It's true that I don't have substantive teaching experience or a PGCE but is it wrong if a tutor is upfront about this fact, commands lower rates as a result but is still able to reliably deliver lessons that help the student (if not as well as a more qualified tutor)? Or do you think the latter point is not possible unless the tutor is more formally qualified?

    Asking because I'm really curious on the thoughts of more experienced people here - I know that for example a lot of undergrads do tutoring for extra cash who would not be qualified as teachers - is there space for that or should it just not happen fullstop?
     
  8. langteacher

    langteacher Occasional commenter

    It depends. There are some people who just look for the lowest price.
    Tutoring A level maths and sciences... I have to say I'd looking for a qualified teacher.
    If you're up front about it then at least they know.
    I learned my third language as an adult. But I go every year to language schools in Italy to maintain the skills. I teach this to adults who are learning for pleasure or buying property etc. I don't offer it to A level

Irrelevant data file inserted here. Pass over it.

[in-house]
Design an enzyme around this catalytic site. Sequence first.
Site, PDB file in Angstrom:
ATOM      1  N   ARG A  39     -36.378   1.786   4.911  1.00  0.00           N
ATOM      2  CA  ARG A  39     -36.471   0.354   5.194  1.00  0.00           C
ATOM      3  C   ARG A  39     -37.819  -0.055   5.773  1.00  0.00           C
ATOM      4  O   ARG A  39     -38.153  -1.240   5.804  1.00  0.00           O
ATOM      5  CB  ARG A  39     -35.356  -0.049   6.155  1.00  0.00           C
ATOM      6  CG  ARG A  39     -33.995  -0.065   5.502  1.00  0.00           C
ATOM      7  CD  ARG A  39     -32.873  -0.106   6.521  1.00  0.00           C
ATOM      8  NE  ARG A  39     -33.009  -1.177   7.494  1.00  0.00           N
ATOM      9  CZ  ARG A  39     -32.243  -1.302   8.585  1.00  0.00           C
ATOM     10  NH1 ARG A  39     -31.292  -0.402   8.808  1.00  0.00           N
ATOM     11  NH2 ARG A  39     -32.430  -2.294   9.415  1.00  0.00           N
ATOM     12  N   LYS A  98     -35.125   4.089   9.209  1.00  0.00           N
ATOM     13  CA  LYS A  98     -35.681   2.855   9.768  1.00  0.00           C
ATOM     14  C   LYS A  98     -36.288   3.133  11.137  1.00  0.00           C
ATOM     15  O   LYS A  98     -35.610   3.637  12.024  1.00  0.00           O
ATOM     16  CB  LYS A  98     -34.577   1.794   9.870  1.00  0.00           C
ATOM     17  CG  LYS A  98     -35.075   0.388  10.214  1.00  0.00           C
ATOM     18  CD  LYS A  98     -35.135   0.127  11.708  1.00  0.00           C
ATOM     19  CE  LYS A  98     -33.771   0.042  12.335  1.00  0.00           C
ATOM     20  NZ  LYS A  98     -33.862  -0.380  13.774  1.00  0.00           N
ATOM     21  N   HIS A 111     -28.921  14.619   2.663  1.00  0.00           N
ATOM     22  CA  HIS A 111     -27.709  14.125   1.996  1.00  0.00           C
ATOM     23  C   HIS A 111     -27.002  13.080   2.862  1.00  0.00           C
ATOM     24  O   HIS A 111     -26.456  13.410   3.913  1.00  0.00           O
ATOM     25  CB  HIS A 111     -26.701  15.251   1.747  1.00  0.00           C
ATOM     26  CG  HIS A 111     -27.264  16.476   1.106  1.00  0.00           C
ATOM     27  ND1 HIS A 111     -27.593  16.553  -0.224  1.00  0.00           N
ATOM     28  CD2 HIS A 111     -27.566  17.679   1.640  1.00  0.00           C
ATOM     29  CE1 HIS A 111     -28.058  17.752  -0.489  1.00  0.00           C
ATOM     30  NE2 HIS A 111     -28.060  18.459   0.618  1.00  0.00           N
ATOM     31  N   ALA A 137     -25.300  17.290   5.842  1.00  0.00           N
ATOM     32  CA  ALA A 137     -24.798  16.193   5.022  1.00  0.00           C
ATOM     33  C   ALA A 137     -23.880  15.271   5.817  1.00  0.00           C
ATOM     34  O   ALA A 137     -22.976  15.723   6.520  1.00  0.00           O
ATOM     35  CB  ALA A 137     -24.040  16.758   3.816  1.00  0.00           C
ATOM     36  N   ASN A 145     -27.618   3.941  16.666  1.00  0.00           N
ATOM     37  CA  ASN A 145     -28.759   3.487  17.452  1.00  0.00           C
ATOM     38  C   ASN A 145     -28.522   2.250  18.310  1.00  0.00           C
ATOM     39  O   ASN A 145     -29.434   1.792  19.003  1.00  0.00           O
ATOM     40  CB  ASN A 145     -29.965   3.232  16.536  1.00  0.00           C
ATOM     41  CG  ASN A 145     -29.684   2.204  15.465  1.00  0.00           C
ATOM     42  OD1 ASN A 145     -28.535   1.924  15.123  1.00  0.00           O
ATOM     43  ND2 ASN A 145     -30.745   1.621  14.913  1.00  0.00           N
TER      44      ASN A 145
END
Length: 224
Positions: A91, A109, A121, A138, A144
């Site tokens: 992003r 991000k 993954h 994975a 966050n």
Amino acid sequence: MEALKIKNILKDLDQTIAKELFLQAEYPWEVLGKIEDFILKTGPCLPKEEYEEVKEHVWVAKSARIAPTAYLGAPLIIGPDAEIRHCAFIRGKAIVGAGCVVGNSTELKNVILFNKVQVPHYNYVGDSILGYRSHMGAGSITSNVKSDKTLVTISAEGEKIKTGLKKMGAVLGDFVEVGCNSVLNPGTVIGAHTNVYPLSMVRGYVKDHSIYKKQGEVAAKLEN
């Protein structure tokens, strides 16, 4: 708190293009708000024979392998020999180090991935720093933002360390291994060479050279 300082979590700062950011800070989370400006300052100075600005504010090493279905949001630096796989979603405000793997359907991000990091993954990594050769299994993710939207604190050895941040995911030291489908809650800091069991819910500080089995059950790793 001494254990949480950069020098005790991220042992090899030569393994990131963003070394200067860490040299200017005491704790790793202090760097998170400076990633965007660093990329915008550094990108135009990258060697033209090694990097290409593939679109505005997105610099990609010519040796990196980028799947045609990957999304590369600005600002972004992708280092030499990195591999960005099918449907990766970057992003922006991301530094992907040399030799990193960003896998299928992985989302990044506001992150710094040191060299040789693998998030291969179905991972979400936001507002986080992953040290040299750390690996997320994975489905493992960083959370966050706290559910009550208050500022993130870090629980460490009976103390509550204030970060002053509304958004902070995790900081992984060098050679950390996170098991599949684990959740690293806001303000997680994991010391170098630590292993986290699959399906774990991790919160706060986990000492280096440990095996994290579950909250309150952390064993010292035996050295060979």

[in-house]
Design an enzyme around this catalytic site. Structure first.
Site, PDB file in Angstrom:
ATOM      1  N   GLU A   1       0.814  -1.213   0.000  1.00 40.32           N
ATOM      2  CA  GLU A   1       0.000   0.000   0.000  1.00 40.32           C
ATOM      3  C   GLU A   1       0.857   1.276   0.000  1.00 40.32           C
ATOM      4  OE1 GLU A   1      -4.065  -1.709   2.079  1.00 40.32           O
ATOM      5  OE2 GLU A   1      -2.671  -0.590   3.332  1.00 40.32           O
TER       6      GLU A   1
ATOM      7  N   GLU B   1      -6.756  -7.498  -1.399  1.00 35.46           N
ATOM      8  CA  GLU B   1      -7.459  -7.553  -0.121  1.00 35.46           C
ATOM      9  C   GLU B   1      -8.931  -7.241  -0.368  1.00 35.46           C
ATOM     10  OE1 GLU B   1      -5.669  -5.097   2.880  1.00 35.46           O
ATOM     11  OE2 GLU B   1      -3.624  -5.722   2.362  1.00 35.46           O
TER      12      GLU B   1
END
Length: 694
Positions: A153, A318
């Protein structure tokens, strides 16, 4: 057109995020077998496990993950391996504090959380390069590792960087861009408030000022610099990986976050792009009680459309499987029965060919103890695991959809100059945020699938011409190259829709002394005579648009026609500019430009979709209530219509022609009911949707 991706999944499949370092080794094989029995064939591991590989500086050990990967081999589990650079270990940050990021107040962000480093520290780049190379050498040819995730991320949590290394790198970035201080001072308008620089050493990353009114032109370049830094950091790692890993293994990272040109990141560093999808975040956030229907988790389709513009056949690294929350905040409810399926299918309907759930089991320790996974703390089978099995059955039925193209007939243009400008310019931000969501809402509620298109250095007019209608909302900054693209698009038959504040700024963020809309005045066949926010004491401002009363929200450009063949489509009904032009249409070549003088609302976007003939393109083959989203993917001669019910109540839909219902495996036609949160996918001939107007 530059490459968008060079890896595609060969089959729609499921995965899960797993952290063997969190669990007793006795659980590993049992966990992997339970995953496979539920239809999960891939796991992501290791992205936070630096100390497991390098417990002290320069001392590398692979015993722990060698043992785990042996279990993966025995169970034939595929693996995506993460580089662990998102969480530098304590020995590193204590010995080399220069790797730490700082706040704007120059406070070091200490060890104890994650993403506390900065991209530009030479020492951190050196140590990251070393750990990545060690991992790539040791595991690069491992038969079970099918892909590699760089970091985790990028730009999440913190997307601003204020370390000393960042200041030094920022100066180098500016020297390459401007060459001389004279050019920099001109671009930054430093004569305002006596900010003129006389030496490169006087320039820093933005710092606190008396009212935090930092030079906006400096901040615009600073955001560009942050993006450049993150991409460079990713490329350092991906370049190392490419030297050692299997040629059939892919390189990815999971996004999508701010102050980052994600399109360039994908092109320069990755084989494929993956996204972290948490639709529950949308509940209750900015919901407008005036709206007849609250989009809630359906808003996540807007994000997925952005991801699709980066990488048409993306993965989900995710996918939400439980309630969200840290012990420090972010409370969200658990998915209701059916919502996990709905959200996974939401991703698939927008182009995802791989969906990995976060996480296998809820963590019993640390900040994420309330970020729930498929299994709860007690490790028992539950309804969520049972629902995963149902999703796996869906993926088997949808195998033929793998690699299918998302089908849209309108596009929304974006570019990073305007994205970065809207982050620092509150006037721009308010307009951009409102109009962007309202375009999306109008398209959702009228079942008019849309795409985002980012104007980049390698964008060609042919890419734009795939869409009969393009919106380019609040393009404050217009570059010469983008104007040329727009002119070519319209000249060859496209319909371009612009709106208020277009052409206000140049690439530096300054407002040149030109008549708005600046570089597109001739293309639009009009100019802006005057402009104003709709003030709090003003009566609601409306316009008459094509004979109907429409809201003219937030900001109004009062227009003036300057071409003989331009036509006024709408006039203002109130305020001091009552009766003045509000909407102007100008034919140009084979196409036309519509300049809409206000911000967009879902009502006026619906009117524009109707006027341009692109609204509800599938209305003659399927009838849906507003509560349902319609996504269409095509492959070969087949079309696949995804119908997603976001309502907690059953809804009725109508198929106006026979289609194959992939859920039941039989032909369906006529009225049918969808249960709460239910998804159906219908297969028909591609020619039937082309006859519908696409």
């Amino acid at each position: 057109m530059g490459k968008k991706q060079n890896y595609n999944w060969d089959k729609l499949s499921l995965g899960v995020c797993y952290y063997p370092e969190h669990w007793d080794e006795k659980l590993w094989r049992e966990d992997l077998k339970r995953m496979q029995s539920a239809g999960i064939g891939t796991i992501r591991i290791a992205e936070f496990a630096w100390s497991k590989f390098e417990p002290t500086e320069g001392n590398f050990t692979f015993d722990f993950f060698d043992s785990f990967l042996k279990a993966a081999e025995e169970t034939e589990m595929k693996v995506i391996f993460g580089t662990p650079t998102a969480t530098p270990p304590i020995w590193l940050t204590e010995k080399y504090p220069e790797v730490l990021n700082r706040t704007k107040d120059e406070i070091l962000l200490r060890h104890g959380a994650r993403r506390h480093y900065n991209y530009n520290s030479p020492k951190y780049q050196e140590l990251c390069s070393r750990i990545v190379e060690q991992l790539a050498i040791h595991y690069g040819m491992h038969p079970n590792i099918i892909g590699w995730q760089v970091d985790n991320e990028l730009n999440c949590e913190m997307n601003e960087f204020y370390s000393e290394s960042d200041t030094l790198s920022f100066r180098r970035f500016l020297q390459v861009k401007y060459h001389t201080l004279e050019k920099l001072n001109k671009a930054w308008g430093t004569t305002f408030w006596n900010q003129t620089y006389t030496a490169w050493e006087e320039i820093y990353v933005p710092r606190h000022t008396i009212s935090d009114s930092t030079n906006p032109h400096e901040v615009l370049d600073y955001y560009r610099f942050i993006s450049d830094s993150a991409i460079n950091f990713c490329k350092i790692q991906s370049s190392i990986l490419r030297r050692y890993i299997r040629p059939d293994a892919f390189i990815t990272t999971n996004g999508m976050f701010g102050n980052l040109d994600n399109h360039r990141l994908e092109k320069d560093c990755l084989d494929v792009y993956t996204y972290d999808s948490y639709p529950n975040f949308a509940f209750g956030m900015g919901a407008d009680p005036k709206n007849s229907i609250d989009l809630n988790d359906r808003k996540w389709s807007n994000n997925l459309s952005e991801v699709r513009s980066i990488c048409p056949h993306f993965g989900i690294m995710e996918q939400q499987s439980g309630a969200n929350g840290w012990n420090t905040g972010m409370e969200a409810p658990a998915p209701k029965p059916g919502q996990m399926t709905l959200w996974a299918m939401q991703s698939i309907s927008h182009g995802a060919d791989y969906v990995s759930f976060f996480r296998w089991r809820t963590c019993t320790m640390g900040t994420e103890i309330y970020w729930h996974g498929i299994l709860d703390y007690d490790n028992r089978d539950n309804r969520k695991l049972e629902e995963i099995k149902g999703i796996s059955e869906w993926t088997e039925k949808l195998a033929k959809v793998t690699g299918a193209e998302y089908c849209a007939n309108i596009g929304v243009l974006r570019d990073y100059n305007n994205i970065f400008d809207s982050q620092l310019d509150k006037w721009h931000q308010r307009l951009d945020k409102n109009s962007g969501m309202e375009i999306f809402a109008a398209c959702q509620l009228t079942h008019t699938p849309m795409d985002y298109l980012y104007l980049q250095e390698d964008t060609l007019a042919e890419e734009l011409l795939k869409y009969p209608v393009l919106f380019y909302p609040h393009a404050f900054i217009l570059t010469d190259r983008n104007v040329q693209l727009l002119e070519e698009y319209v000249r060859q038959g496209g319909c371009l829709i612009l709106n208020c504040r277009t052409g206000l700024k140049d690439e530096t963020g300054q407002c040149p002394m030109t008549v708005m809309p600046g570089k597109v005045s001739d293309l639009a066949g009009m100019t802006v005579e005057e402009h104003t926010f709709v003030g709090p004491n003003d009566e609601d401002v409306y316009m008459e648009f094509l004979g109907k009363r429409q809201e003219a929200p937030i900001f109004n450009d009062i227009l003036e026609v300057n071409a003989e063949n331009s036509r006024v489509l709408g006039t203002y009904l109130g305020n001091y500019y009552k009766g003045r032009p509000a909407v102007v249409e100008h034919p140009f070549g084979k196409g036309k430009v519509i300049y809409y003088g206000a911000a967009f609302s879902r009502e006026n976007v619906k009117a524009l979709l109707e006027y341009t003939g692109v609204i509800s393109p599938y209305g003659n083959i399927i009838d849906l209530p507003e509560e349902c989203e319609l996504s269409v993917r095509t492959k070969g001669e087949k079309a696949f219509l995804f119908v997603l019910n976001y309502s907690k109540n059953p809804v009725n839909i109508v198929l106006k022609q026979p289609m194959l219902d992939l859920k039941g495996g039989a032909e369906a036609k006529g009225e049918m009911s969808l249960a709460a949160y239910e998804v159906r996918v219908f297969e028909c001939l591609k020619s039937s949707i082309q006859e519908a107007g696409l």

My teaching experience was schools with no sixth form so I don't offer A level at all
    I don't know the syllabus or what the grades look like
    So as much as i am a qualified teacher, I teach where I know my strengths are
     
  9. Vince_Ulam

    Vince_Ulam Star commenter

    Tutoring is not a lesser form of teaching, it's a significant responsibility. As a schoolteacher you have the support of a department around you consisting of colleagues representing some of the highest levels of qualification in their subjects and in some larger schools representing almost a century of teaching experience which covers not only knowledge but, as @langteacher points out, also formative & summative assessment. Everyone pitches in and helps everyone else with their subject knowledge and pedagogy. A tutor who has not taught in a school has no easy task if their work is to complement the work of these people. There are very successful, independent tutors, where this success is measured in results and not in marketing conversion, but these will almost invariably be people who have school experience or who work in schools.

    It should not happen. A person who tutors children in a subject in which they themselves are unqualified is a confidence trickster. Most parents work incredibly hard so that they can provide remedial tuition for their children and it's a pity that there are so many unqualified people out there who are willing to take advantage of them.